When other helpers fail

And comforts flee,

Help of the helpless,

O abide with me.

[from “Abide with Me,” Henry Francis Lyte, 1847]


“But it is a crutch, and I don’t need it.”  Are you sure?  There will come a time in every life when a man desperately needs God—where can I find Him?  And we know God in the loving mediation and in the dying grace of Jesus Christ [Romans 5:8].  “Be ready always to give an apologia, an answer, to anyone that asks you a reason for the hope that is in you” [1 Peter 3:15].  When people respond to the Lord, we receive them into the church.  We raise our hands and acknowledge their coming, and we vote for them to be members of the church.  So there are those who say, “That is an unusual custom, and it is not a biblical doctrine or practice; why do you do that?” Well, a part of the criticism of such a practice in the church I can understand, when they say, “God adds to the church,” and “We don’t do it; God does that.” That is true.

In 1 Corinthians 12:13, by inspiration the apostle Paul wrote, “For by one Spirit are we all baptized into the body of Christ.” When a man belongs to Christ, God puts him in Christ.  When a man belongs to the church of the Lord, God puts him in it.  But that’s not all; there is something more.  You see, the church is the church triumphant someday, the church invisible, the church of the firstborn [Hebrews 12:22-23].  God’s redeemed will be gathered before His throne of glory someday [Jude 1:24], and to that church a man is joined by the baptism of the Holy Spirit [1 Corinthians 12:13].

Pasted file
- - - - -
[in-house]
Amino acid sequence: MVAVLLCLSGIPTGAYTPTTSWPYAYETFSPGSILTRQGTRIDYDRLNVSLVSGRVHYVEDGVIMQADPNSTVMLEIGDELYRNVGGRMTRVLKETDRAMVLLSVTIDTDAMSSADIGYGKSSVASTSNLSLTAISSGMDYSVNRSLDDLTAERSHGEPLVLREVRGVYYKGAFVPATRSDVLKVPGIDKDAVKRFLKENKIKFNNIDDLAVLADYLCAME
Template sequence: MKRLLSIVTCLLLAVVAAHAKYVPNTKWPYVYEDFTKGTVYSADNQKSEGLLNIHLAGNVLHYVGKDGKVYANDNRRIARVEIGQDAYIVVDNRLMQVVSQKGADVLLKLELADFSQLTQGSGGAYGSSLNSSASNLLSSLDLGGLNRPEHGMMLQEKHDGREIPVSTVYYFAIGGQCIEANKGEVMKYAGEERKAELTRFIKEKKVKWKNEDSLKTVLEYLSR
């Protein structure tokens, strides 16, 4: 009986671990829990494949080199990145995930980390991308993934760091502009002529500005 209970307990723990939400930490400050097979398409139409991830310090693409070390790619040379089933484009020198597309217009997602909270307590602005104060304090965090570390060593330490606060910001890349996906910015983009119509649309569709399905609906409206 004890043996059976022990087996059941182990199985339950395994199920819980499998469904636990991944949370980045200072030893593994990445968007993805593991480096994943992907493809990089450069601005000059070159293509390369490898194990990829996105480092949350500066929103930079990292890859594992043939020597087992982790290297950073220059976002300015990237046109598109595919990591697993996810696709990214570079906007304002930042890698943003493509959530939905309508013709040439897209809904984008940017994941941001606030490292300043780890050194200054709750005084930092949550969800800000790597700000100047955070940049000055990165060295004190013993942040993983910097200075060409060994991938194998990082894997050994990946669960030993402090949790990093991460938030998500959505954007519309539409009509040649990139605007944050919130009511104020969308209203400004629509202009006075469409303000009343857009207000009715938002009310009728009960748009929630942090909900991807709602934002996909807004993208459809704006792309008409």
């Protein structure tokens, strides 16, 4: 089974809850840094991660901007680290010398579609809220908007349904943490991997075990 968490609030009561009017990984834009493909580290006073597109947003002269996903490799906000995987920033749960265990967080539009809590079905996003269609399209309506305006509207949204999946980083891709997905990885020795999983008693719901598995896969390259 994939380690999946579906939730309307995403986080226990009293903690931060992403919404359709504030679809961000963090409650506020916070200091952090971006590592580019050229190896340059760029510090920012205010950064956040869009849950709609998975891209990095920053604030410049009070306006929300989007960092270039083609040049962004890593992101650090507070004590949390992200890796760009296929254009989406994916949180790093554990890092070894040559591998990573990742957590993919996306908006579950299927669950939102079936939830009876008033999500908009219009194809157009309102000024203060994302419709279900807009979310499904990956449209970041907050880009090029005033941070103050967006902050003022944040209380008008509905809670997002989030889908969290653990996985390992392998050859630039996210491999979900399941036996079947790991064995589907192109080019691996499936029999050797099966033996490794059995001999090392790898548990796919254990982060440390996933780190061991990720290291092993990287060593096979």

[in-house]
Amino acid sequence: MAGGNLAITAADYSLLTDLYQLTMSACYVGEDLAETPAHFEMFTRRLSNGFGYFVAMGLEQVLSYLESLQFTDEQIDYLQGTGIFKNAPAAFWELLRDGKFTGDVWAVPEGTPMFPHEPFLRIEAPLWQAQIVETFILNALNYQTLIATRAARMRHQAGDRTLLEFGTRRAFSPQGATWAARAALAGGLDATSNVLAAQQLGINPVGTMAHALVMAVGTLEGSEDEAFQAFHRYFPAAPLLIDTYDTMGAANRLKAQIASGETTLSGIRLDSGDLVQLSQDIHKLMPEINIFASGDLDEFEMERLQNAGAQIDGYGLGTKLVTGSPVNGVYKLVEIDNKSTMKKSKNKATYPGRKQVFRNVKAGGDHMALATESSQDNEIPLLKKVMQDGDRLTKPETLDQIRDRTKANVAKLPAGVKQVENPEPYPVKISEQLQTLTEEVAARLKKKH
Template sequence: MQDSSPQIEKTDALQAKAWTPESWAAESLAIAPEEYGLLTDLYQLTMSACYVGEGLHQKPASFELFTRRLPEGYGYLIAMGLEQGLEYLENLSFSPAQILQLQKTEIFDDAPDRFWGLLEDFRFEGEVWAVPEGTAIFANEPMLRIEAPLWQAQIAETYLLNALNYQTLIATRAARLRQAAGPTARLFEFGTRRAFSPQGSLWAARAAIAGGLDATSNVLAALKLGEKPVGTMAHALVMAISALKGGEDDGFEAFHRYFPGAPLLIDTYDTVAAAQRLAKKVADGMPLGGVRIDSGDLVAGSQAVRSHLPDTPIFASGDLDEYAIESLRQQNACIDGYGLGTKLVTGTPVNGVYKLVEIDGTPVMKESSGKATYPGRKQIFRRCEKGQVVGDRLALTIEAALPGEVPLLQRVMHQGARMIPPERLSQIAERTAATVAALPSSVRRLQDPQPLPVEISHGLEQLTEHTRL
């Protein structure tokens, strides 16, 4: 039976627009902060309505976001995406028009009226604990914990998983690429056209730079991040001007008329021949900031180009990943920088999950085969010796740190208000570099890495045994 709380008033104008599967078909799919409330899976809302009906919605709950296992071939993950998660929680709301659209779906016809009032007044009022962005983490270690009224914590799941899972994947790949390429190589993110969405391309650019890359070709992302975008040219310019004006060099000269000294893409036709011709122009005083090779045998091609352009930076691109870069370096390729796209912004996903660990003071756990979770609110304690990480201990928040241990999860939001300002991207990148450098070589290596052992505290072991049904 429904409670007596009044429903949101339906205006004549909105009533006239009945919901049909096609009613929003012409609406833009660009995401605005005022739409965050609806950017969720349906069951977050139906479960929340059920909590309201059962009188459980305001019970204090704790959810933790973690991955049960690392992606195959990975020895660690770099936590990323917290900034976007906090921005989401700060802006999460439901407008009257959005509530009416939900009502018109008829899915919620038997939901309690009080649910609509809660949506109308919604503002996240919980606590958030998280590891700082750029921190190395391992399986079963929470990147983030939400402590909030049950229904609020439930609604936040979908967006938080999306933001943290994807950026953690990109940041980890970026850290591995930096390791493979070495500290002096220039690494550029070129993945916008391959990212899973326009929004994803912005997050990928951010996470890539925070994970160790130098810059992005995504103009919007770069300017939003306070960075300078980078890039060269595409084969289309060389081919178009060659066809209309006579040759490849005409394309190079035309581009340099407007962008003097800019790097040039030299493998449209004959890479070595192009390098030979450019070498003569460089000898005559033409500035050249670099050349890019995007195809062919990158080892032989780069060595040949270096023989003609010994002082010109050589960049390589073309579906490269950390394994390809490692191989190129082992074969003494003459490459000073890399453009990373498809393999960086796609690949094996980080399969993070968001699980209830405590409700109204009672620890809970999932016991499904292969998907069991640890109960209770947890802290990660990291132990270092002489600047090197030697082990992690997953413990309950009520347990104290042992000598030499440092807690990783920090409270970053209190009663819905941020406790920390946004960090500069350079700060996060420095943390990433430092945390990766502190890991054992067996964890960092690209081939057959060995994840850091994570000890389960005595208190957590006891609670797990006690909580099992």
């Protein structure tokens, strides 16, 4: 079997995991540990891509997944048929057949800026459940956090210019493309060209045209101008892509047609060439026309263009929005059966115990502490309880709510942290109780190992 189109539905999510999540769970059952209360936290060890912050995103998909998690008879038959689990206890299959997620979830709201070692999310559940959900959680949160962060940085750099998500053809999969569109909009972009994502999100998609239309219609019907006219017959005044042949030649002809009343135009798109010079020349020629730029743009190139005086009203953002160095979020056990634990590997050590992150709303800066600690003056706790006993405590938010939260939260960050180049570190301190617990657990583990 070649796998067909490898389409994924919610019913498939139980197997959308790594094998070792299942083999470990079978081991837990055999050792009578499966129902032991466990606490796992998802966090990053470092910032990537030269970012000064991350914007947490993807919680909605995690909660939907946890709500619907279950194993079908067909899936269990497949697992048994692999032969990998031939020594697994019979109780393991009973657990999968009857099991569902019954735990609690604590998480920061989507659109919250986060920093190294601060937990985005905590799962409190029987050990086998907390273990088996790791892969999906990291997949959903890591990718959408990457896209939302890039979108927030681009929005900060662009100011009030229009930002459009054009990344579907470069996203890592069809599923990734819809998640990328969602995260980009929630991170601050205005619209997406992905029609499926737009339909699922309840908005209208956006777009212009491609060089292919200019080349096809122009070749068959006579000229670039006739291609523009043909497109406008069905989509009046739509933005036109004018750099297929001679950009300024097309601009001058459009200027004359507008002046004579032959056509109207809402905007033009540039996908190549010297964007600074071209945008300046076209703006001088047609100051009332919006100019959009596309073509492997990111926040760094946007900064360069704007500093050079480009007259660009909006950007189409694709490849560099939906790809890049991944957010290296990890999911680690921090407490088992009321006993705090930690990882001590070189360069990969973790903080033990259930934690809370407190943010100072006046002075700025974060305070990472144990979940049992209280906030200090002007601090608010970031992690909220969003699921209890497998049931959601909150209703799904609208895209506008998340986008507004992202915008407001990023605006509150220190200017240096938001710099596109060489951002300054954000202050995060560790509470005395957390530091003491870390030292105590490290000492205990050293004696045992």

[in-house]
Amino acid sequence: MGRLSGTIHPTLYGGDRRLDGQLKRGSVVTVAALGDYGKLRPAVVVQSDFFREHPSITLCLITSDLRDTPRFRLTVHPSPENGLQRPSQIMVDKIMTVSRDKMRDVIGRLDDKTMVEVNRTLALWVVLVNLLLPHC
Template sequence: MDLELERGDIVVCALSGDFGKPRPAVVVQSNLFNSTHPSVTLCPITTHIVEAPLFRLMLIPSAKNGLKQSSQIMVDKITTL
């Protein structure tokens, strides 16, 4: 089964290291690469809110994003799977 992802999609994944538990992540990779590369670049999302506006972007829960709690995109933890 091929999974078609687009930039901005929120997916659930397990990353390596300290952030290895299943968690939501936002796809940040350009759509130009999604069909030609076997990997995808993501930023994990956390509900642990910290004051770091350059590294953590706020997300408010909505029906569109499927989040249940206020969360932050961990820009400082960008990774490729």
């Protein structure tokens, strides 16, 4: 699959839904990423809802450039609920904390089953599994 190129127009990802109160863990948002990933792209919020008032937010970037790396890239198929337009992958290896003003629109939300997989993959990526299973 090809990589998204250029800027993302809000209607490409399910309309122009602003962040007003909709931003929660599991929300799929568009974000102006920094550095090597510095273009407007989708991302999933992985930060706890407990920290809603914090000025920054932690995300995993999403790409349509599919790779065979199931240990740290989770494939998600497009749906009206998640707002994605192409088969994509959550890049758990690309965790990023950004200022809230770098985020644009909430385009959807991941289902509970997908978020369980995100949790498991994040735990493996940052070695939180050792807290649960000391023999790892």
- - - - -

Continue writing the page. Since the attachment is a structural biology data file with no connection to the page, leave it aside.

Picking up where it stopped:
But you see, I also belong to the church visible, the church militant, the local church, which is the only church we have anything to do with [Hebrews 10:25].  The church invisible and triumphant we will see in glory someday.  You will never see it here, for the only church you will ever see here is a local congregation.  That’s what you find in the Bible: the churches of Judea, the churches of Galatia, the churches of Macedonia, the churches of Achaia.  That’s what you find in the Bible, and that’s the only church that you will ever see or have anything to do with in this mortal life.

Well, how is it that somebody becomes a member of that local church, how is he received? Well, he comes down the aisle and he says, “I have been saved, and I want to join the church.” Well, who receives him? Somebody has to.  Who receives him? Well, the people do not receive him in the church; the minister receives him.  Somebody has to, so the minister does.  The minister would say to the man, “Listen, you are sot drunk.  You have no idea what you are doing, and I will not receive you.  You wait and sober up and see whether or not you want to be a member of the body of Christ or not and accept Him as your Savior.”  The minister has to do it.